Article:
Restful Rhythmic Rain

Mmmmmmmm. After the hot hot sun blazed for days, if finally rained all night and day, and is still cool and overcast. I LOVE cool relaxed rainy sundays! I picked a few new books from Liz's library (canadian who has lived here for 20 years) and I'm about to read Around the World in 80 Days, a classic that I never read. Then tonight we're projecting a movie, popping popcorn, and breaking open a box of vine and a bottle of cocona (local fruit) wine with some of the staff and visitors. Brian has been on a vaccine campaign for 9 days, and finally returns tomorrow! I'm really looking forward to him getting home! Life is fuller when he is here :)

Masato + naive stomach =

Victor Hugo sharing Masato with Carolyn (boiled, chewed, spit out, fermented yucca, shared by family, neighbors, friends, and strangers that sustains workers in the fields and families in their stilted houses. It's a food staple and ancestral tradition of communion).

Carolyn is a 4th year medical student from Loyola who is rotating with us for the month. She has done an amazing job on both inpatient, outpatient, and making fudge and pancakes!
Judith, one of our many fantastic nurse technicians and good friend, starting an IV on Carolyn the next day. Apparently Masato along with many other factors including a new diet, the extreme heat, and endemic parasites are a lot to handle all at once. Thanks to Judith, 0.9% Normal saline, and a fan, we saw a dramatic recovery within hours and Carolyn was back to work the very next morning!

Thanks to Carolyn for her hard work all month!

September babies



             ! FELIZ PRIMAVERA                           
                HAPPY SPRING !

Chronic Wound Healing

 He fell off a bridge at 25 years old and cannot move his legs. He's had this ulcer for over a year that won't heal. There is hypertrophic granulation tissue at the orifice and a strip of undermining over the sacrum that extends about 10cm, that won't close. In the past we have removed the hypertrophic tissue and were more aggressive with debridements, but that did not seem to make any difference. We can't do cultures but he was empirically treated for osteomyelitis for 6 weeks with clinda without improvement.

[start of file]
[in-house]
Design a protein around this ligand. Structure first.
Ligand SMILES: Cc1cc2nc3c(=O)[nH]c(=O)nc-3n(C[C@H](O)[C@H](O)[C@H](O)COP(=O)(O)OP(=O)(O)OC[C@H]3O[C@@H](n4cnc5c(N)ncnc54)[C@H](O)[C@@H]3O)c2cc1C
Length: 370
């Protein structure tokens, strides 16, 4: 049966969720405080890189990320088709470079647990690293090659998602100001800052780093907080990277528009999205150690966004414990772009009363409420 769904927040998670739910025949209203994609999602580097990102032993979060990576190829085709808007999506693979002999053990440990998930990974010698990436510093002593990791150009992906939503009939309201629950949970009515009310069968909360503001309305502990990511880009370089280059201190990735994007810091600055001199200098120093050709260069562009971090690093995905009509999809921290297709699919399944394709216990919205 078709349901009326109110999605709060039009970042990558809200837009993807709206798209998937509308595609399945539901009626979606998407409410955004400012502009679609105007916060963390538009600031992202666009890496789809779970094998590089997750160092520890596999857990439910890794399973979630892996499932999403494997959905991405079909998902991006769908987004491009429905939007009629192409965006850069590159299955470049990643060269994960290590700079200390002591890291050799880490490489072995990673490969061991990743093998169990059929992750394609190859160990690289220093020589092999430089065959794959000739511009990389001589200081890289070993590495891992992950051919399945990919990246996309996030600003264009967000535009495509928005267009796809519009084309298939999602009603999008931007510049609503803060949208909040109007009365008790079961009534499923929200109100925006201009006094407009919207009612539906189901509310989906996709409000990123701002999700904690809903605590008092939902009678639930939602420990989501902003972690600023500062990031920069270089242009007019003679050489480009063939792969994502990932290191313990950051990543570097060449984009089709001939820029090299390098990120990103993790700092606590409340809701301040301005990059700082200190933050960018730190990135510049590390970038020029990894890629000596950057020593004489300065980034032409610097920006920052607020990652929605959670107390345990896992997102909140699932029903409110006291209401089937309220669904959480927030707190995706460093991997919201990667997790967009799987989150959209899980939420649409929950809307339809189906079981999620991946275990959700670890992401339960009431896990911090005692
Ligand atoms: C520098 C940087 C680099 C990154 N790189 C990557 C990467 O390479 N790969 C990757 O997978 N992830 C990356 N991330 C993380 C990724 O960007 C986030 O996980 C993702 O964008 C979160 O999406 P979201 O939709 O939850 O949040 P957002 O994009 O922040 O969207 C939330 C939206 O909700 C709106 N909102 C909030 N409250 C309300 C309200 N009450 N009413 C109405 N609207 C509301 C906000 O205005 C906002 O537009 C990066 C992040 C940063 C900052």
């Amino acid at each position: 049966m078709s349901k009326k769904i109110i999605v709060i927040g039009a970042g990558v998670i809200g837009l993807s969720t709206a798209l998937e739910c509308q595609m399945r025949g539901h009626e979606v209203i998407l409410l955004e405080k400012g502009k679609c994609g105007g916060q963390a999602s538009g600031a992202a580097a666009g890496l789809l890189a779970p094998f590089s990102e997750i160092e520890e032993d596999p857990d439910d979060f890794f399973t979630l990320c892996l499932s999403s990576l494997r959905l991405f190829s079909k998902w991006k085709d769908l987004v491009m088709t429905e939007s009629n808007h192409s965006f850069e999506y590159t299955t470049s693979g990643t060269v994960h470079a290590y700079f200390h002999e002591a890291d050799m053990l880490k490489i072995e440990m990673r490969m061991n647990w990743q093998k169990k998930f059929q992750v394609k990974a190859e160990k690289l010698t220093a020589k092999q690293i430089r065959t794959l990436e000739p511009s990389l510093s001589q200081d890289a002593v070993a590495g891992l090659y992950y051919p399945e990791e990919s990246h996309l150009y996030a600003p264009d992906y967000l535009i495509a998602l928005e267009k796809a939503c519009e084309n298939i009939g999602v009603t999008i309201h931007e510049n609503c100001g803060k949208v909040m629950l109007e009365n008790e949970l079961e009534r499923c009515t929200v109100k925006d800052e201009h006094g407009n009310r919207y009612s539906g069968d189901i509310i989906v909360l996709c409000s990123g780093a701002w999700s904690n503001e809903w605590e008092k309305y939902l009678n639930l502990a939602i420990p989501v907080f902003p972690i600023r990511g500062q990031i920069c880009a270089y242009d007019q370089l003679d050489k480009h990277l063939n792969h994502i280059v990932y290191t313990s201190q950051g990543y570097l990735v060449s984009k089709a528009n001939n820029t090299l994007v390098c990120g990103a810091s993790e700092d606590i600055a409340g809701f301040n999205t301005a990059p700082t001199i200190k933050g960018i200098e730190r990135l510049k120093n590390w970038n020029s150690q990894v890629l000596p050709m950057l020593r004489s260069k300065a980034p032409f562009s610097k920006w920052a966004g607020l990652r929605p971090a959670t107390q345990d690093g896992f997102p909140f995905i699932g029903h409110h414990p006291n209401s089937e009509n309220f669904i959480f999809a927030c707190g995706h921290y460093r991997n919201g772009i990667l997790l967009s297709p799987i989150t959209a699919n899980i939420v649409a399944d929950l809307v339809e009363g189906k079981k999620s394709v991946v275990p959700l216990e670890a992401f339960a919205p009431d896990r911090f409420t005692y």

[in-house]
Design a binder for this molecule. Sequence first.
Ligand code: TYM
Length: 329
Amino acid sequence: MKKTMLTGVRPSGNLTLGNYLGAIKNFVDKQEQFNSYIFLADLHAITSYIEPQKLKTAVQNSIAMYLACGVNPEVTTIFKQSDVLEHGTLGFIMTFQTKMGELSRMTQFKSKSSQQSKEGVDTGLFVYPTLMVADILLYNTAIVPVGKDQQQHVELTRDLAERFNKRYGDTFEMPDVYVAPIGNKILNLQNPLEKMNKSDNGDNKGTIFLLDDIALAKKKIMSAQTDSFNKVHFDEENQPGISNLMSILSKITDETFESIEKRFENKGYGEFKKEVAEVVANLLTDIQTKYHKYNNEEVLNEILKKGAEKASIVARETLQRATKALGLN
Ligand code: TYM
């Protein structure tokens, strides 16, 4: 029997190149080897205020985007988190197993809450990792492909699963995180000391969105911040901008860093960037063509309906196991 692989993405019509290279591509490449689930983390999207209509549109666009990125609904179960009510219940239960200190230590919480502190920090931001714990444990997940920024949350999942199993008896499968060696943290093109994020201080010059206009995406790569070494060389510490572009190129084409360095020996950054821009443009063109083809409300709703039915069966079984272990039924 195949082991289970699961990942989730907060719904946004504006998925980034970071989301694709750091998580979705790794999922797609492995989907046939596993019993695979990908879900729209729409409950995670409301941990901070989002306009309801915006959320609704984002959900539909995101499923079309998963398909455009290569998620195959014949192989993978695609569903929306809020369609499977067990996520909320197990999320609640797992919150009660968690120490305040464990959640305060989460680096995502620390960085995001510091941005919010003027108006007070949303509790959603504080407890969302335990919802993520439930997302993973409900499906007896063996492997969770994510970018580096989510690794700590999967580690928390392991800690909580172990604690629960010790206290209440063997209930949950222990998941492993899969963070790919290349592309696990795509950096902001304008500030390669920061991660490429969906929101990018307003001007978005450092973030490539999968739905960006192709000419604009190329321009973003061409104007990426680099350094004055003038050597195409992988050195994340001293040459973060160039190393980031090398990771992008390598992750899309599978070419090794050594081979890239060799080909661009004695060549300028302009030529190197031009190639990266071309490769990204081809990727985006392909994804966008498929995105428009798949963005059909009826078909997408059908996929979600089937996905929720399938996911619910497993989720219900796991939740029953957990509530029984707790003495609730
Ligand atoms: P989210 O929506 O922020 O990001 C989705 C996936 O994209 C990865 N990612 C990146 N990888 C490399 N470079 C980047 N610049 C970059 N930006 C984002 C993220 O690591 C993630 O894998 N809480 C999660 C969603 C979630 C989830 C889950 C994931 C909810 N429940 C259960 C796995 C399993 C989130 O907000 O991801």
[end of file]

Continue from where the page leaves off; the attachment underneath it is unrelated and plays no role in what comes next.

Any ideas?

Nutrition Classes

Yoli initiates a series of nutrition classes for local pregnant women and mothers. The benches were full of people of all ages who listened attentively about food choices, textures, and portions for children of different ages, as well as pregnant and lactating mothers. A mix of local foods were displayed. Future classes will include parents and children bringing local crops, age appropriate meal planning, and learning recipes and tips from each other. With the endemic problem of malnutrition, we are starting with this small step to help insure kids are given a fair chance at growth and development.

Patient list

Patient diagnosis list:

Femur Fracture, shoulder subluxation, back contusion. Put in traction 18 yrs
Greenstick fracture-reduced and casted today
Hip fracture for the third time in the same place, elderly lady already has a pin
Hematogenous Osteomyolitis with pneumonia and big liver in 11 yr old
Tumor on rib cage with empyema in lung and very loud heart murmur
Broken nose, his wife hit him
Nephrotic Syndrome- 2 yrs old on steroids.
Glomerulonephritis- pray it's post-strep. he only urinated 10ml today
Tuberculosis- sputum finally negative
Tuberculosis- sputum still positive
Bacterial Diarrhea
Head laceration-stitched up
Miscarriage with severe hemorrhage, D&C and blood transfusion (9 hr boat ride to get here)
Ulcer on hip after stroke
Pressure ulcer for almost 2 years... it won't heal.
Schizophrenia- seeing ghosts at night and voices

8 yr old chronic cough

Today was a good day. Padre Jack is back... until tomorrow. This morning we rounded in the hospital and discussed in detail some of the complicated patients, including Shermuly who is 8 years old and has a chronic cough. She was treated for TB for 6 months last year even though her PPD and sputum AFB were negative. Her CT scan is below. She improved a little bit with the treatment but then had a recurrence of her chronic cough. She came in a few days ago with fever, retractions and pneumonia that responded to Penicillin. She has persistent diffuse crackles and clubbing of her nails. We're sending her to Iquitos for further studies. If anyone (especially radiologists/pulmonologists) have any ideas, please comment below and let us know!!

Then I admitted a guy with tropical pyomyositis, a pocket of pus that forms in the muscle. He's had fevers and leg pain for 20 days. We numbed his thigh and stabbed it with a scalpel... about 7 cm deep, and encountered the pocket of pus. We put a drain in and I imagine he'll be better within a few days.